“To survive the changes along the way it will demand that you be resilient, flexible, open to learning, innovative, confident, optimistic, and all the while devoid of stress to maintain your energy for the long haul.” – Marcus Buckingham -First Get Good–Then Get Better – http://www.buildingfutureleaders.com/
While in the private educational sector, I was fortunate enough to see Marcus Buckingham speak live many times. With all excellent business speakers, I try to apply the best business and leadership practices to educational leadership. Every time the authors reference “managers” I think of “principals.” In Marcus Buckingham and Curt Coffman 1999 best Seller; First Break All the Rules, the authors conducted in-depth interviews with more than 80,000 managers at all levels and in companies of all sizes. The Gallup Organization’s Buckingham and Coffman reveal what excellent leaders (managers) do slightly different from traditional leaders is coax the highest performance out of their employees.
Great leaders/managers, write Marcus Buckingham and Curt Coffman, regularly break all the rules. They take the traditional wisdom about human nature, and managing people, and think about it differently. They do this in order to facilitate constant change. For a video summary of the book, please see: First Break All the Rules – Video Summary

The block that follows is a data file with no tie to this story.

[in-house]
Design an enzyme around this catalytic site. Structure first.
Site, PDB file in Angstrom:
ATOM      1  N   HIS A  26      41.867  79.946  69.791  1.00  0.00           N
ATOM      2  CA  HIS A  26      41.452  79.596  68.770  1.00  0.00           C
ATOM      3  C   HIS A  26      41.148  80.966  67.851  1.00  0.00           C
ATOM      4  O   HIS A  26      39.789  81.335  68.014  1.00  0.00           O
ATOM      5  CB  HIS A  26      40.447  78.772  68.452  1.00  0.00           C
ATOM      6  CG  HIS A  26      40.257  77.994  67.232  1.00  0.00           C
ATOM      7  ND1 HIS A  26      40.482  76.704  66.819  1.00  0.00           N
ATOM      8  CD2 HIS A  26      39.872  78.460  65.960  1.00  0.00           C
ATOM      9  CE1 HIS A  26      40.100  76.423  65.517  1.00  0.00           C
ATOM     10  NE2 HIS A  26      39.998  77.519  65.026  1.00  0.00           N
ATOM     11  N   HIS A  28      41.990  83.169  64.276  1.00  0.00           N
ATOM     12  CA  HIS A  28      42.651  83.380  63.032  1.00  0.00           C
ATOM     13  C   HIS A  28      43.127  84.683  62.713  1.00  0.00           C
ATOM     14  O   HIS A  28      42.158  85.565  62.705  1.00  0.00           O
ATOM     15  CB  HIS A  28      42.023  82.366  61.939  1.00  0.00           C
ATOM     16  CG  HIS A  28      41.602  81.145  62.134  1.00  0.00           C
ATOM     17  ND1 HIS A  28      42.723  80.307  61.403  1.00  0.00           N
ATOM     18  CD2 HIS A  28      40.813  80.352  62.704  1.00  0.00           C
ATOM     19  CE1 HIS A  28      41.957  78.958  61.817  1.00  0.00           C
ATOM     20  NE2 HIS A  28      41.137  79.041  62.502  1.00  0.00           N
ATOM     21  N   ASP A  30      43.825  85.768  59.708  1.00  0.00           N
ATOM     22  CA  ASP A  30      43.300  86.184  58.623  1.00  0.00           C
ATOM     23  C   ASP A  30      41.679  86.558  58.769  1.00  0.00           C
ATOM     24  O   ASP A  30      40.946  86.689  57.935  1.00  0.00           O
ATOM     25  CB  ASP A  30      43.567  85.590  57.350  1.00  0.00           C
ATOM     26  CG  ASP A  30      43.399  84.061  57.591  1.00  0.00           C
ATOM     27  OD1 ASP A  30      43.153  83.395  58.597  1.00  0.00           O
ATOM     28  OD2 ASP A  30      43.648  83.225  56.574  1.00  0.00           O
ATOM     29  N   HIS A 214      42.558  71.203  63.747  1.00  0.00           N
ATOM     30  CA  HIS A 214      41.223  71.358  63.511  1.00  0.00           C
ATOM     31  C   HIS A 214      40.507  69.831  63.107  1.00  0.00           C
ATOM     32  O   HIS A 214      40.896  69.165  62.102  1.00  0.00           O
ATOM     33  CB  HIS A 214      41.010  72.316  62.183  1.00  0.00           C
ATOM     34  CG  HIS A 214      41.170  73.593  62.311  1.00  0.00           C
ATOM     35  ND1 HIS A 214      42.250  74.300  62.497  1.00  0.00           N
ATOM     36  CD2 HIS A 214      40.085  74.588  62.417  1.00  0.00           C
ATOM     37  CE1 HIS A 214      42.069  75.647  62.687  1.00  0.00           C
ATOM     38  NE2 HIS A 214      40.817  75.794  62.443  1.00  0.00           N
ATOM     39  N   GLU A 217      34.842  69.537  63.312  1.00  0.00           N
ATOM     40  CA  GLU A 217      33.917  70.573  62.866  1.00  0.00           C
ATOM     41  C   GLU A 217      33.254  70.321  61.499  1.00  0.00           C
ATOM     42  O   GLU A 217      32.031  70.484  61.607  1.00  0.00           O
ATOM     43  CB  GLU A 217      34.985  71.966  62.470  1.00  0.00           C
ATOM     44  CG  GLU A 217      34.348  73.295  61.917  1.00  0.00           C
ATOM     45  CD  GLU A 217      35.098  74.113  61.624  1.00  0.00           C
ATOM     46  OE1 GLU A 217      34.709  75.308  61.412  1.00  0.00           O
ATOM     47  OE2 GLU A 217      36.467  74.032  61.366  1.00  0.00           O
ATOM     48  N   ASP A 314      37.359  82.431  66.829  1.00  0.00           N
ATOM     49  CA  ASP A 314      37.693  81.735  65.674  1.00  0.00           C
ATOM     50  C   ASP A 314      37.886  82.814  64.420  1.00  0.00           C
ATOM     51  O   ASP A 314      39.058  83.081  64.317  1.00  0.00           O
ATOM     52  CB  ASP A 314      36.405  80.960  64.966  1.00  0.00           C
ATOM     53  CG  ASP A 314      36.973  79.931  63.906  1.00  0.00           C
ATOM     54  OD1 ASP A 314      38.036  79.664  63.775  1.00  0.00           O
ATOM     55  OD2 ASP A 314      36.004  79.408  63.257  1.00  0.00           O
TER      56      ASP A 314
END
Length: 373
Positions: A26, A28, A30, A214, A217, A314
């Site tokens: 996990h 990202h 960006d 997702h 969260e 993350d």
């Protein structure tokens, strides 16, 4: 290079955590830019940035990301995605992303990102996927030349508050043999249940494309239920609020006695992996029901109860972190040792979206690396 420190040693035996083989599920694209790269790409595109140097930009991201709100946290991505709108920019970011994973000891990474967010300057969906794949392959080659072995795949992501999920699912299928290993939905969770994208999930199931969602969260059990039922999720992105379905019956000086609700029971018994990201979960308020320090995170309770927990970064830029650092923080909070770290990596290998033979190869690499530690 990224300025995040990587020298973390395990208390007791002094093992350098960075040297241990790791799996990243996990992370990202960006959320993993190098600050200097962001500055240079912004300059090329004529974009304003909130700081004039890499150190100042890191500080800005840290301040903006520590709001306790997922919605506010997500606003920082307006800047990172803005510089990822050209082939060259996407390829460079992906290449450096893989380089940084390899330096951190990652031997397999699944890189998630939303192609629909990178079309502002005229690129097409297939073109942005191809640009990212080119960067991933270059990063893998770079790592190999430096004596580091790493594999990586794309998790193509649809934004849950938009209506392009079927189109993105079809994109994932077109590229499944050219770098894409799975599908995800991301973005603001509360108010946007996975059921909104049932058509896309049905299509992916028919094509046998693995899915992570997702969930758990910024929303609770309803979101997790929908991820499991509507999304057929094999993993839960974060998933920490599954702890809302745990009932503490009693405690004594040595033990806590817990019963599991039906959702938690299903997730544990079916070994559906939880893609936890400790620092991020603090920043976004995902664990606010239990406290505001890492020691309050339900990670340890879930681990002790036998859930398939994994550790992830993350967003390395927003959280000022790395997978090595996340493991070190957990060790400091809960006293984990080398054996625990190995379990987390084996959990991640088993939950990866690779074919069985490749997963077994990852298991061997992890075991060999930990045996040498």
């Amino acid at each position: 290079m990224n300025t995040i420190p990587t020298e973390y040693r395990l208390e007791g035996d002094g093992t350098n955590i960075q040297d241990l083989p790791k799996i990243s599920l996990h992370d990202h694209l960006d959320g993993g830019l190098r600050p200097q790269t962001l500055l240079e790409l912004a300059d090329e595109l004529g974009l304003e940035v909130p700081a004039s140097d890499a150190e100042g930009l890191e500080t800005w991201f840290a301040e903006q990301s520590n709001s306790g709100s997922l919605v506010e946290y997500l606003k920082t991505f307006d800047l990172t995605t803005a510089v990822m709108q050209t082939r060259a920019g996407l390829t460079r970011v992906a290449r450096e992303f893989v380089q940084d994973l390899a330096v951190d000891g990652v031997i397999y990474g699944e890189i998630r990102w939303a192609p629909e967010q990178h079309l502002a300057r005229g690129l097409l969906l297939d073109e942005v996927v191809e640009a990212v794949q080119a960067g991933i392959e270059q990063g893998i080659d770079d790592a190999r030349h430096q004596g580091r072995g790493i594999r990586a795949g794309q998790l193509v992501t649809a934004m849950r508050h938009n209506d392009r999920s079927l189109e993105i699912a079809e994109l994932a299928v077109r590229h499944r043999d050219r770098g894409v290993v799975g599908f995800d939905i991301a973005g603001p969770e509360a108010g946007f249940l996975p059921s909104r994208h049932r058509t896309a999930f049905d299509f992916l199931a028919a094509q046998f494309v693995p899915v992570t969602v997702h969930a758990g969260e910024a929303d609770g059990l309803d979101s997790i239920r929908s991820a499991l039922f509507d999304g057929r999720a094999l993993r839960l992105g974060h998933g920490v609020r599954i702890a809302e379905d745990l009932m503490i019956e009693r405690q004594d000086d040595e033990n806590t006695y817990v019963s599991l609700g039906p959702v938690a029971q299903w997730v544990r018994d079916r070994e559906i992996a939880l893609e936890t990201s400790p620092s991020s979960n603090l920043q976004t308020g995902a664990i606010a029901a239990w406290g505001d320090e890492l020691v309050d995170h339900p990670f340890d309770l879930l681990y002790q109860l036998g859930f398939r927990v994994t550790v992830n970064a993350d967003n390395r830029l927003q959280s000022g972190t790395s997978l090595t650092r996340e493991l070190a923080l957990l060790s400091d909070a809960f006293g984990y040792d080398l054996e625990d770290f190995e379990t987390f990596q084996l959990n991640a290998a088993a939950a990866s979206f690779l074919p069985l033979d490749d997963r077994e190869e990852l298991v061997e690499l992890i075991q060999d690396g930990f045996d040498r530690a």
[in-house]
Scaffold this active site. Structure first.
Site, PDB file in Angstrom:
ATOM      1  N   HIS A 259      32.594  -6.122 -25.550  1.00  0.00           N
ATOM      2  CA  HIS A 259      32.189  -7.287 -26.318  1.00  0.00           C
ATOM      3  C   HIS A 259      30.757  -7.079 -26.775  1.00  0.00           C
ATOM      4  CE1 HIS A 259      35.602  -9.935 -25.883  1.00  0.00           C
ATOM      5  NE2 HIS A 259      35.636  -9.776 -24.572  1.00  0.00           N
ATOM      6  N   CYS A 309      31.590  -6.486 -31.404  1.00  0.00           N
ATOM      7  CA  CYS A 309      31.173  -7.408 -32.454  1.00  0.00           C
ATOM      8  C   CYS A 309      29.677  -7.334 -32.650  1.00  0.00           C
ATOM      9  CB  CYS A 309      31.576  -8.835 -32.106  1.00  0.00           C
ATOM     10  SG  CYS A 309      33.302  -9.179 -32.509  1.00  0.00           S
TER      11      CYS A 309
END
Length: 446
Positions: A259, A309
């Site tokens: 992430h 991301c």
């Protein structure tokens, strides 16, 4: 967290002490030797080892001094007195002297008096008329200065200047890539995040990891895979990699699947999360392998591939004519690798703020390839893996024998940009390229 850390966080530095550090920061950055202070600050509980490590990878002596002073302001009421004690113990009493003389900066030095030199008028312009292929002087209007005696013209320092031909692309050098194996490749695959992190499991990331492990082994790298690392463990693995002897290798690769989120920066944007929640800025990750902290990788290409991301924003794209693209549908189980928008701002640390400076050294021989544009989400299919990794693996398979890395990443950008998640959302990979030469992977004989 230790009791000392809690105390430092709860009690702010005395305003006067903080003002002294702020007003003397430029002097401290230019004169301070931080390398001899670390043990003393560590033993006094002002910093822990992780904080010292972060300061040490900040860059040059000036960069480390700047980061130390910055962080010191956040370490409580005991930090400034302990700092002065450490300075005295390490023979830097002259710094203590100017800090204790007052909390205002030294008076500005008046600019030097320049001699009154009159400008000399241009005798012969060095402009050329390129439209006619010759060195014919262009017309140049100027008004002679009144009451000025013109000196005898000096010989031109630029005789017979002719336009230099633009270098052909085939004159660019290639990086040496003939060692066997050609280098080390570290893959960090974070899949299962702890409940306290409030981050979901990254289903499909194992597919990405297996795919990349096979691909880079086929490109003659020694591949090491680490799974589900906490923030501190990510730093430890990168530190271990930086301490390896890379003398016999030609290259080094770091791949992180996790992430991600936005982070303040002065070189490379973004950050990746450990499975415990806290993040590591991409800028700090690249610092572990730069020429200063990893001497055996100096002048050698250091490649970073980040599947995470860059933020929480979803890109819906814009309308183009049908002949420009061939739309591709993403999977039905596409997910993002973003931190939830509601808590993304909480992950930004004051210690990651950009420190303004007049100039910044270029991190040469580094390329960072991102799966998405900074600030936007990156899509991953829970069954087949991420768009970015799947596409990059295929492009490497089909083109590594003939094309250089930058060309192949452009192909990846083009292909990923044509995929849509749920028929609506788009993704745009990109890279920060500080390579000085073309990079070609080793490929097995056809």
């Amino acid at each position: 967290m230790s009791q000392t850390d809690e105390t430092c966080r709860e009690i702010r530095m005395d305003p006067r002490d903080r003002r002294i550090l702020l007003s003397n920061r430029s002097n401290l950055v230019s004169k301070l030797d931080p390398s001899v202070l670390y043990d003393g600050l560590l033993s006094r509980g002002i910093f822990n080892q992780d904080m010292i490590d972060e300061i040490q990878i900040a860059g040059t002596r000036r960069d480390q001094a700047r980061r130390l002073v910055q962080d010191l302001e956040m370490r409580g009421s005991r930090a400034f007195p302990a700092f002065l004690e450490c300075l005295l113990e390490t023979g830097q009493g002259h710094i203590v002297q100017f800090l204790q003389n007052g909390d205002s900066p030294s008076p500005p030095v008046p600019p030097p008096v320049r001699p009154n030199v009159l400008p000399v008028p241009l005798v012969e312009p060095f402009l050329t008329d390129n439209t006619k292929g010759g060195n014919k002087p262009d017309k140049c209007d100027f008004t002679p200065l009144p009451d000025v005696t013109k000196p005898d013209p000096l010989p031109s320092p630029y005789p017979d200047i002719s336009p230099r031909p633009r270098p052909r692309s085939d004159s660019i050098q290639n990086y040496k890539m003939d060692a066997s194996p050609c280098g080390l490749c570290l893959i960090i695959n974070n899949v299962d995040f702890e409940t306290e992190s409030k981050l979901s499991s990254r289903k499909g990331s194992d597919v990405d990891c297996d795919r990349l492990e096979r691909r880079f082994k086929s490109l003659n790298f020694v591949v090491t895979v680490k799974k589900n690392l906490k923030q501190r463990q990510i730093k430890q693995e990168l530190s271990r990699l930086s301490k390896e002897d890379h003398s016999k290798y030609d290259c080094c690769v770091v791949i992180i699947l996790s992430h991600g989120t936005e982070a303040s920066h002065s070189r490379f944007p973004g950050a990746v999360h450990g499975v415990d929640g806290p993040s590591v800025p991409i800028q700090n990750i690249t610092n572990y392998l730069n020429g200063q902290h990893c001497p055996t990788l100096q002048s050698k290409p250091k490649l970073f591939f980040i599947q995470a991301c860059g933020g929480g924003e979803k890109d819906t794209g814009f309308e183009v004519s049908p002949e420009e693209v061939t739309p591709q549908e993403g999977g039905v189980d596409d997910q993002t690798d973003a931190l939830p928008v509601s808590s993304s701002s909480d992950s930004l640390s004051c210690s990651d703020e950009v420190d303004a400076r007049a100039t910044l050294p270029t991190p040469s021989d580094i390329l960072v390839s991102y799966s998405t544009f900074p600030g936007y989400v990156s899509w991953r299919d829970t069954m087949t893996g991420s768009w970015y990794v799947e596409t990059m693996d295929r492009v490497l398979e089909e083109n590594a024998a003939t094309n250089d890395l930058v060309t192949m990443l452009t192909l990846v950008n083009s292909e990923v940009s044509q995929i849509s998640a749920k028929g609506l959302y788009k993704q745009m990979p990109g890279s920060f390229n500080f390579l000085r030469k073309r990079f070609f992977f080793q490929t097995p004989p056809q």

For us, as school principals, to initiate “transformational educational practices” we need to discard conventional rules. I am not talking about the old saying of “thinking out of the box.” I am saying to start transformational educational practices; one needs to throw out the box!
Let me acknowledge that there are school district and governmental policies, legislation, and collective agreements that we can not overlook. In the book, the authors make it clear that we must adhere to certain company policies and procedures and contracts. For us in educational leadership, this makes transformational change, even more fascinating.
“Do not go where the path may lead, go instead where there is no path and leave a trail.” Ralph Waldo Emerson
Perhaps there is no sector as ready for disruption and innovation as the education sector. Blended learning is an example of an innovative educational disruptive strategy that is filling the gap between what traditional classrooms provide and what is possible. Students today are supported with massive online resources that have the freedom to include only the best material from the best people. In this high-speed internet world, educational innovators are the new gatekeepers.
Transformative change in education is primarily about communication. When communication shuts down, so does innovation. Lack of communication is not due to a lack of money, talent, or resources. One critical factor missing in many unsuccessful educational change initiatives are interpersonal relationships. Schools that have difficulty changing, traditionally have staffs that either do not have time to talk to each other or do not know what to talk about. If our schools are not innovating, it is likely because no one is facilitating the right conversations.